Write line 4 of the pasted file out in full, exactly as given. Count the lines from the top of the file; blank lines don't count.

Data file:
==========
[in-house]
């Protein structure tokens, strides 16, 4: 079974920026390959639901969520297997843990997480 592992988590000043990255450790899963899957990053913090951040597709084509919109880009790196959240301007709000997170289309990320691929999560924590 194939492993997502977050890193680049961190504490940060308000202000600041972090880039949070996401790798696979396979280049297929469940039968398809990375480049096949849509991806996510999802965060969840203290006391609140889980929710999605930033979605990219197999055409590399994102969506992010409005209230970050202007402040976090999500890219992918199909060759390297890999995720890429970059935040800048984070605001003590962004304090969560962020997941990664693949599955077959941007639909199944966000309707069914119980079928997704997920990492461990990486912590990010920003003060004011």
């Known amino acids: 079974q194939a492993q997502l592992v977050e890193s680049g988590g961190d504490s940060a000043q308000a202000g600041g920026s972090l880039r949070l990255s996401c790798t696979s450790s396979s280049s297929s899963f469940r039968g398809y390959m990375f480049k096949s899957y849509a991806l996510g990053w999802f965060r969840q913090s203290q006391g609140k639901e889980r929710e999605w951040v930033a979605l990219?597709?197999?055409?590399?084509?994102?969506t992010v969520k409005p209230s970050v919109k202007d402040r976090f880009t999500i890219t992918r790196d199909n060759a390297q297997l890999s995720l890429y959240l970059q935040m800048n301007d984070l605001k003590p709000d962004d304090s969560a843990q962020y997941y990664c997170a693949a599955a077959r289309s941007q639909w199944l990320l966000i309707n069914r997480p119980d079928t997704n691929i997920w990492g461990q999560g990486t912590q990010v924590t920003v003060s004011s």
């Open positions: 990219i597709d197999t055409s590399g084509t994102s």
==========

């Open positions: 990219i597709d197999t055409s590399g084509t994102s």